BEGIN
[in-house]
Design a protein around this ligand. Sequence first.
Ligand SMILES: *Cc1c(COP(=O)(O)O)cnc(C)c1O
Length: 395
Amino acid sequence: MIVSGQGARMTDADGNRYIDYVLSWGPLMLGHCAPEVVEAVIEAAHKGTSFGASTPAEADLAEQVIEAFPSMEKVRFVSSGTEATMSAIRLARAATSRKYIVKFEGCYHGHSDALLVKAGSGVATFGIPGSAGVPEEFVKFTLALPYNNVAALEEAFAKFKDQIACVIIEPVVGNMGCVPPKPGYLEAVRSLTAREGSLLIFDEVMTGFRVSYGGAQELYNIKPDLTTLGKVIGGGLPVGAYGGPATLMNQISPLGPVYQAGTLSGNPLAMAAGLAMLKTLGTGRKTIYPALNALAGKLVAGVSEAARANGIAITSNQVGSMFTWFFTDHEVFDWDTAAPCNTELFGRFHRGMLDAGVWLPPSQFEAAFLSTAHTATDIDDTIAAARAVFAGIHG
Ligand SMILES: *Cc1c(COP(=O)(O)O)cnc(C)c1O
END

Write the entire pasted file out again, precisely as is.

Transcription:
[in-house]
Design a protein around this ligand. Sequence first.
Ligand SMILES: *Cc1c(COP(=O)(O)O)cnc(C)c1O
Length: 395
Amino acid sequence: MIVSGQGARMTDADGNRYIDYVLSWGPLMLGHCAPEVVEAVIEAAHKGTSFGASTPAEADLAEQVIEAFPSMEKVRFVSSGTEATMSAIRLARAATSRKYIVKFEGCYHGHSDALLVKAGSGVATFGIPGSAGVPEEFVKFTLALPYNNVAALEEAFAKFKDQIACVIIEPVVGNMGCVPPKPGYLEAVRSLTAREGSLLIFDEVMTGFRVSYGGAQELYNIKPDLTTLGKVIGGGLPVGAYGGPATLMNQISPLGPVYQAGTLSGNPLAMAAGLAMLKTLGTGRKTIYPALNALAGKLVAGVSEAARANGIAITSNQVGSMFTWFFTDHEVFDWDTAAPCNTELFGRFHRGMLDAGVWLPPSQFEAAFLSTAHTATDIDDTIAAARAVFAGIHG
Ligand SMILES: *Cc1c(COP(=O)(O)O)cnc(C)c1O